The Pekingese was originally the dog of China's royalty, so they require tons of love, affection and attention. Learn more about raising this breed here.
Dating back to the Tang Dynasty of the eighth century, the Pekingese was originally the dog of China's royalty in the ancient city of Peking, which is the origin of the name. With their lush, flowing coats and independent personalities, today's Pekingese, affectionately called Pekes, continue to exude a royal demeanor. More than most breeds, these sturdy, muscular little dogs need special attention and care to keep them healthy and happy.
Pekingese dogs generally bond strongly with their owners and tend to be wary of strangers unless they are properly socialized. It's important to socialize your Pekingese puppy to a variety of people and other pets and animals so that your little dog will feel confident around strangers and new situations and will know how to behave. Make these encounters positive with plenty of praise and treats for wanted behavior. Include children in your Pekingese puppy’s socialization. Instruct children to be gentle with your little dog. Generally weighing less than 14 pounds as adults, Pekingese can easily be injured by a small child's thoughtless handling.
Pekingese tend to guard their toys and food. Give your dog some space during mealtimes, or provide a place to eat where your Pekingese can feel secure, such as a crate. Keep small children away from your dog during meals to prevent your Pekingese from nipping them.
Development of food-guarding behavior may be avoided by hand-feeding your Pekingese puppy, holding the dish in your lap. This has the added benefit of quietly informing your Pekingese from the start that the human, not the dog, is in charge. You can also place delicious treats like cheese or chicken in the dish while your Pekingese is eating, so that the dog sees your presence near the dish as positive.
Pekingese are well-suited for indoor living, requiring only short leash walks outdoors. The flattened face of the Pekingese causes breathing difficulties, especially in warm, humid weather. Keep your Pekingese in a temperature-controlled environment to prevent heatstroke in warmer climates and during the summer. Use a harness rather than a collar when walking your Peke, to avoid impairing the dog's breathing. Bred to be a lapdog, with thousands of years of lapdogs in their background, Pekingese typically are not very active. Regular games indoors with chew toys or puzzle toys can engage your dog's attention and prevent obesity.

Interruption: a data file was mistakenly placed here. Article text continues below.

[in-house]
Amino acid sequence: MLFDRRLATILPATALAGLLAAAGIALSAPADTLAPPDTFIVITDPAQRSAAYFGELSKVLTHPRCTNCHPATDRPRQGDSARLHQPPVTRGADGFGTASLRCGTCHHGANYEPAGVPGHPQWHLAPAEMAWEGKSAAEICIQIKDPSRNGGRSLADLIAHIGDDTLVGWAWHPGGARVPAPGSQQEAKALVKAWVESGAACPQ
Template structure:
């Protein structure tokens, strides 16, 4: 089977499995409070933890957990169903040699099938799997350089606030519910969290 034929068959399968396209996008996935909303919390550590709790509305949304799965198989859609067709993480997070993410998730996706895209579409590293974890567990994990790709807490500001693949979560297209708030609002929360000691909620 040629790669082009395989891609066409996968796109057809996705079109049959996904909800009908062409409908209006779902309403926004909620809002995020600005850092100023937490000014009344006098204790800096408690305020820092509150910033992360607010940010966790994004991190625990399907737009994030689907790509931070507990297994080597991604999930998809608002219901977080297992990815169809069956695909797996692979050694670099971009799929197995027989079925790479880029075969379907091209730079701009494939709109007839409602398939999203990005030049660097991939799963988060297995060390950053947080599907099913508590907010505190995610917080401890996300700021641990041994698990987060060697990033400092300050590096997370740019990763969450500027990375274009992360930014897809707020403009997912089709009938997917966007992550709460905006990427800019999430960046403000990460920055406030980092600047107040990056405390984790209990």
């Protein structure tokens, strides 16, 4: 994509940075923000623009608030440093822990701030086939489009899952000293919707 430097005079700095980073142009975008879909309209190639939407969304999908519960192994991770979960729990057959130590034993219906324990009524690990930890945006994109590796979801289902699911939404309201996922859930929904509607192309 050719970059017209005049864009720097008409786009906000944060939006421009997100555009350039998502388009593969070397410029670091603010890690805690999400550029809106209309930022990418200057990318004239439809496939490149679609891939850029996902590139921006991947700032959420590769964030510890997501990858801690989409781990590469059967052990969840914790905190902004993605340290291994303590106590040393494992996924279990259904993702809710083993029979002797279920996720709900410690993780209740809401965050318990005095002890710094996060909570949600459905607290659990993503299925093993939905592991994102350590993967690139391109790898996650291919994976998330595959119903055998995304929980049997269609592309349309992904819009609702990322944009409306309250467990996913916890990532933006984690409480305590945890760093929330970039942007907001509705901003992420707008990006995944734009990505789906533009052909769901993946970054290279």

Pekingese dogs can suffer from hereditary intervertebral disc disease, a condition that causes degeneration and damage of the spinal cord, according to the American College of Veterinary Surgeons. It's a good idea to teach your Pekingese not to jump on and off of furniture. Instead, give your dog special pet stairs, available in pet supply stores, to provide access to high couches or beds.
Because they have a stubborn, independent nature, Pekingese dogs need obedience training to prevent behavioral problems. Potty training with this breed typically takes at least six months and requires use of a crate to prevent accidents in the home. You can train your Pekingese to potty indoors on a dog litter box covered in artificial grass or on pads. Pekingese are highly motivated by food, but avoid giving your dog so many treats during training that they become overweight.
Most dogs do not do well in isolation. Bred to be a companion, your Pekingese is apt to develop separation anxiety if left alone in your house for an extended time. A lonely Pekingese may bark incessantly, break house training, and engage in other unwanted behaviors. It is best to crate-train your Pekingese for those occasions when you must be away. Accustom your pet to stay quietly in the crate by placing the dog in the crate for brief intervals at first, gradually increasing the time, and rewarding the dog for being quiet until being quiet is a habit.
Pekingese have small bladders. It's a good idea to arrange for visits by a dog walker if your Pekingese must be at home alone for more than a few hours or to train them to go in a litter box or pads.
Because of the problems caused by their flattened faces, Pekingese dogs don't tolerate anesthesia well. Before any surgery, ask your veterinarian if they have experience anesthetizing a Pekingese.
Pekingese can suffer from hereditary eye problems, including severe dryness and corneal abrasions. Regular eye and physical exams help prevent and diagnose any potential health problems with your peke.